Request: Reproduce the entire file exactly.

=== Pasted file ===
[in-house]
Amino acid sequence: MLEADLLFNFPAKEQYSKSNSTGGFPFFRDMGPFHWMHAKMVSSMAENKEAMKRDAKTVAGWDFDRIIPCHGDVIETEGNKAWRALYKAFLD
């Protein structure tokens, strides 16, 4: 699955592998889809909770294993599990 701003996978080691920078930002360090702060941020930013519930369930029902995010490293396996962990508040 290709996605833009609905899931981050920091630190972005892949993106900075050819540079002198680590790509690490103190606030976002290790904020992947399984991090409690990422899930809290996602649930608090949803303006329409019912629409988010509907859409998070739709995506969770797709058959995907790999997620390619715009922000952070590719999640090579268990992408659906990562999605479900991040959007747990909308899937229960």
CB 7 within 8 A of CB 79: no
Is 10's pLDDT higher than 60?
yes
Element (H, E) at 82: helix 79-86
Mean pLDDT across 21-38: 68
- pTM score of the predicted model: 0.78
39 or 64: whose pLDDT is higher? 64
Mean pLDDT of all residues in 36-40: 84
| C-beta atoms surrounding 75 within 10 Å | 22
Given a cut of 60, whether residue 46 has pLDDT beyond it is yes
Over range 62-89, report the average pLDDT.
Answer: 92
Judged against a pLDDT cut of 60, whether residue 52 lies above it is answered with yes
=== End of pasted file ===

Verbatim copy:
[in-house]
Amino acid sequence: MLEADLLFNFPAKEQYSKSNSTGGFPFFRDMGPFHWMHAKMVSSMAENKEAMKRDAKTVAGWDFDRIIPCHGDVIETEGNKAWRALYKAFLD
């Protein structure tokens, strides 16, 4: 699955592998889809909770294993599990 701003996978080691920078930002360090702060941020930013519930369930029902995010490293396996962990508040 290709996605833009609905899931981050920091630190972005892949993106900075050819540079002198680590790509690490103190606030976002290790904020992947399984991090409690990422899930809290996602649930608090949803303006329409019912629409988010509907859409998070739709995506969770797709058959995907790999997620390619715009922000952070590719999640090579268990992408659906990562999605479900991040959007747990909308899937229960």
CB 7 within 8 A of CB 79: no
Is 10's pLDDT higher than 60?
yes
Element (H, E) at 82: helix 79-86
Mean pLDDT across 21-38: 68
- pTM score of the predicted model: 0.78
39 or 64: whose pLDDT is higher? 64
Mean pLDDT of all residues in 36-40: 84
| C-beta atoms surrounding 75 within 10 Å | 22
Given a cut of 60, whether residue 46 has pLDDT beyond it is yes
Over range 62-89, report the average pLDDT.
Answer: 92
Judged against a pLDDT cut of 60, whether residue 52 lies above it is answered with yes